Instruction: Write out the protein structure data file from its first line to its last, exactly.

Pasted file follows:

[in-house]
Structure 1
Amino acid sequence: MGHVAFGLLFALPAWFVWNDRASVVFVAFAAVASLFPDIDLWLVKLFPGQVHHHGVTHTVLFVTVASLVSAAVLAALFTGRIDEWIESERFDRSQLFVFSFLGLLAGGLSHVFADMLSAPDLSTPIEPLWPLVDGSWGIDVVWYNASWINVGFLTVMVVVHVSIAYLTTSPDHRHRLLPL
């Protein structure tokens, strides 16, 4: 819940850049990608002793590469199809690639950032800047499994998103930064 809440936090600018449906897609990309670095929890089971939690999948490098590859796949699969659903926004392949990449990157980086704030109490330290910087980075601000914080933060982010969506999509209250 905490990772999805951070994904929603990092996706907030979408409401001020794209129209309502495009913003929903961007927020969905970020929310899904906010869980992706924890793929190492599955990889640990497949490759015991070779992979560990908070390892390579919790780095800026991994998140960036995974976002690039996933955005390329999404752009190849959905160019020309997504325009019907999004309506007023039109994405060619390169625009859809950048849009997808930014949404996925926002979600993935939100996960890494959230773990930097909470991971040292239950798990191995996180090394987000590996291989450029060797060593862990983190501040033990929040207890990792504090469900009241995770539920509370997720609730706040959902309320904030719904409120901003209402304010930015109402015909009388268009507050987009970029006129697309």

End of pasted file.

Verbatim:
[in-house]
Structure 1
Amino acid sequence: MGHVAFGLLFALPAWFVWNDRASVVFVAFAAVASLFPDIDLWLVKLFPGQVHHHGVTHTVLFVTVASLVSAAVLAALFTGRIDEWIESERFDRSQLFVFSFLGLLAGGLSHVFADMLSAPDLSTPIEPLWPLVDGSWGIDVVWYNASWINVGFLTVMVVVHVSIAYLTTSPDHRHRLLPL
């Protein structure tokens, strides 16, 4: 819940850049990608002793590469199809690639950032800047499994998103930064 809440936090600018449906897609990309670095929890089971939690999948490098590859796949699969659903926004392949990449990157980086704030109490330290910087980075601000914080933060982010969506999509209250 905490990772999805951070994904929603990092996706907030979408409401001020794209129209309502495009913003929903961007927020969905970020929310899904906010869980992706924890793929190492599955990889640990497949490759015991070779992979560990908070390892390579919790780095800026991994998140960036995974976002690039996933955005390329999404752009190849959905160019020309997504325009019907999004309506007023039109994405060619390169625009859809950048849009997808930014949404996925926002979600993935939100996960890494959230773990930097909470991971040292239950798990191995996180090394987000590996291989450029060797060593862990983190501040033990929040207890990792504090469900009241995770539920509370997720609730706040959902309320904030719904409120901003209402304010930015109402015909009388268009507050987009970029006129697309």